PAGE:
Marriage. In Xishuangbanna, Hani marriage was traditionally monogamous. Taking a second wife incurred public condemnation and punishment by fine, as well as the obligation to return the first wife's dowry to her family. In the Honghe area, Hani marriage was polygamous, especially for the local leaders and wealthy households. Men were allowed postmarital sexual freedom, whereas such behavior was strictly prohibited for women. However, in both areas the Hani permitted premarital sexual relations. In Xishuangbanna a young couple would usually meet with their parents' approval for marriage, and there would follow nine ceremonial events between engagement and marriage. In Honghe the parents arranged the marriage while the children involved were young. Marriage ceremonies varied from place to place. For example, in Lancang the people considered a couple wed when the groom passed through the village gate. In Xishuangbanna, a couple who wanted a divorce could simply pay the village headman a "processing" fee, and then both were free to find new spouses. In other areas, a husband could abandon his wife, but if a wife wanted a divorce, she would have to return the betrothal gifts to the groom's family; widows who remarried were objects of discrimination.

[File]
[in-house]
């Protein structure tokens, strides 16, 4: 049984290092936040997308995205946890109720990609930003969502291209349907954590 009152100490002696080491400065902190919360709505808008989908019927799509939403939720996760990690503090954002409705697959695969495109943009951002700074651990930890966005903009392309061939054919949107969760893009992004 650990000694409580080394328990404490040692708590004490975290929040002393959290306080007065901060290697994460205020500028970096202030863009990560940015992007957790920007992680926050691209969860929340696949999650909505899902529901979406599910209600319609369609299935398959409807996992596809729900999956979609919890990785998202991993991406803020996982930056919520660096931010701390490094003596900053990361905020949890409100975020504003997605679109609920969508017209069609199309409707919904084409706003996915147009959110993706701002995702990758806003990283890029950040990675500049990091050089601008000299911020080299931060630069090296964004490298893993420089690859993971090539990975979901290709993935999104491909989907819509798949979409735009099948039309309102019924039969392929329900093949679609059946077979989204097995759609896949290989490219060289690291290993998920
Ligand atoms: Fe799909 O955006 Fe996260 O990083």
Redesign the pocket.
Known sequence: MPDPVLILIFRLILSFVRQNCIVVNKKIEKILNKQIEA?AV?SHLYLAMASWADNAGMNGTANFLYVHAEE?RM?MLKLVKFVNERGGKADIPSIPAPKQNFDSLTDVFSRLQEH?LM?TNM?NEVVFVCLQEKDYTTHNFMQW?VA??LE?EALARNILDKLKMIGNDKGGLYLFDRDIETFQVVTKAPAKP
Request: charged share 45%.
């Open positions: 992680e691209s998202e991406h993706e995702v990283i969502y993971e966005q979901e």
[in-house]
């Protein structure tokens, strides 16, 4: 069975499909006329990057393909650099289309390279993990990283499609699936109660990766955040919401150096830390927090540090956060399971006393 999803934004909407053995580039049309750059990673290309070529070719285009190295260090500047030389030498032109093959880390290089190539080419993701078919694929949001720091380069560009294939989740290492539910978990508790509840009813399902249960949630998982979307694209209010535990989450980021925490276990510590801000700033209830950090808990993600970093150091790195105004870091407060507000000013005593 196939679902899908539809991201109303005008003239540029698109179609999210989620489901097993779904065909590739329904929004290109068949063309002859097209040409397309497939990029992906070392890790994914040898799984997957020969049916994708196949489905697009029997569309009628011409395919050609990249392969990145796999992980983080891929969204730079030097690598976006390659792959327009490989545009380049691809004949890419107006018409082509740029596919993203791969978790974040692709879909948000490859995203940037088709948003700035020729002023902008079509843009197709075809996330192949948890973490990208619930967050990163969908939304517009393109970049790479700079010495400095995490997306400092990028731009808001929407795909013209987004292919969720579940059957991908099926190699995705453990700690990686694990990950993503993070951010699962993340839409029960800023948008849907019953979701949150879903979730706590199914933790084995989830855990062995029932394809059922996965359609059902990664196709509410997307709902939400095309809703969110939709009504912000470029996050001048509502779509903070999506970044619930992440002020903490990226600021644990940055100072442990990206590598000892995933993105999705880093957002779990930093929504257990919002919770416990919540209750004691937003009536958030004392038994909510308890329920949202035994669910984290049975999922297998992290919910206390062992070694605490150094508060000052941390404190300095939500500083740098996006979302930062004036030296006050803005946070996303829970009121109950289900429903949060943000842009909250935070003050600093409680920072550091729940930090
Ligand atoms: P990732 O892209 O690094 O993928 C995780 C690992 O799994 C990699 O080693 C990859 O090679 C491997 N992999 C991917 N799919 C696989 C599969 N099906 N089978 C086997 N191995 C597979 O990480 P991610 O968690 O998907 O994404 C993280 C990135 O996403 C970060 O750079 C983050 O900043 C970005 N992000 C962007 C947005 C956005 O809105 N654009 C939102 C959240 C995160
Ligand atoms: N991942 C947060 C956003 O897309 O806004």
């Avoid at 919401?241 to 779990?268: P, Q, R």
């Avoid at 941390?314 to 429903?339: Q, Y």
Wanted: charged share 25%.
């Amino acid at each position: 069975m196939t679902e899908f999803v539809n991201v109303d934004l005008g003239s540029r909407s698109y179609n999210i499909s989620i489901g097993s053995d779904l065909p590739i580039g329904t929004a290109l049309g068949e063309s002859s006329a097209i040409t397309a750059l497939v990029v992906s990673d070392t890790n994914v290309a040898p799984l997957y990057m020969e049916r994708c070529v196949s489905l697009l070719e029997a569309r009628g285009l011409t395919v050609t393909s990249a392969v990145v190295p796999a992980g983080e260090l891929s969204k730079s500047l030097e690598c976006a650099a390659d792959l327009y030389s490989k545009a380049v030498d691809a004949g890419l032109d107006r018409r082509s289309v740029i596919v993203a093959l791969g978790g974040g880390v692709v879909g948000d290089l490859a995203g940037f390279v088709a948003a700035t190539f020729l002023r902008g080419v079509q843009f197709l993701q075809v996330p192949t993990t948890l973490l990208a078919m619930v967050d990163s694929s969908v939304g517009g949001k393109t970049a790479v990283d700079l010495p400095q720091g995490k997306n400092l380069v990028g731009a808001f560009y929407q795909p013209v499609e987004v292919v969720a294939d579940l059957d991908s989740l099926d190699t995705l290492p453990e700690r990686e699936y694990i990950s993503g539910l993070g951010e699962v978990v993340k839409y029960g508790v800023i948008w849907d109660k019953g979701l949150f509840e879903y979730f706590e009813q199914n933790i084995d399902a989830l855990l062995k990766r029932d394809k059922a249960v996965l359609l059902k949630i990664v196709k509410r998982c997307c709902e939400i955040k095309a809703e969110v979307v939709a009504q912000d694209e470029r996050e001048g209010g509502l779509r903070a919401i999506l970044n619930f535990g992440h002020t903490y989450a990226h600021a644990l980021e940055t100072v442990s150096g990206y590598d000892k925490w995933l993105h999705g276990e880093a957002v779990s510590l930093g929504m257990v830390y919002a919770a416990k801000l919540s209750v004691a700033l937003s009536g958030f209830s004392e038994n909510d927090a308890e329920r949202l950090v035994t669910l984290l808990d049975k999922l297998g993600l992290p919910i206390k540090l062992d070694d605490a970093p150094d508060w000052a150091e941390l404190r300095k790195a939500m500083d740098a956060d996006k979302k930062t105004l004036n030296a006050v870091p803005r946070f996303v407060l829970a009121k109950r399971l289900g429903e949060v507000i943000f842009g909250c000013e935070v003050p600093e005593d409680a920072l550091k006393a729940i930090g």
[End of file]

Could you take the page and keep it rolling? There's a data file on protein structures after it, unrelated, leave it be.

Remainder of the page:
Domestic Unit. The preferred domestic unit is the nuclear family. After marriage, a couple moves to a new household, close to the groom's parents.
Inheritance. Among the Hani, the house and property are passed down through the male line. A woman can only inherit if her husband resides with her family.
Socialization. Parents typically treat children leniently until the age of 6 or 7, at which time they are expected to start helping with household chores. Prior to 1949, there was only one elementary school in the region. Children were educated by their parents—boys in agricultural and tool-making skills; girls in household management, weaving, and sewing. As of 1985 there were 503 elementary schools and 3 middle schools; 80 percent of Hani children attended school.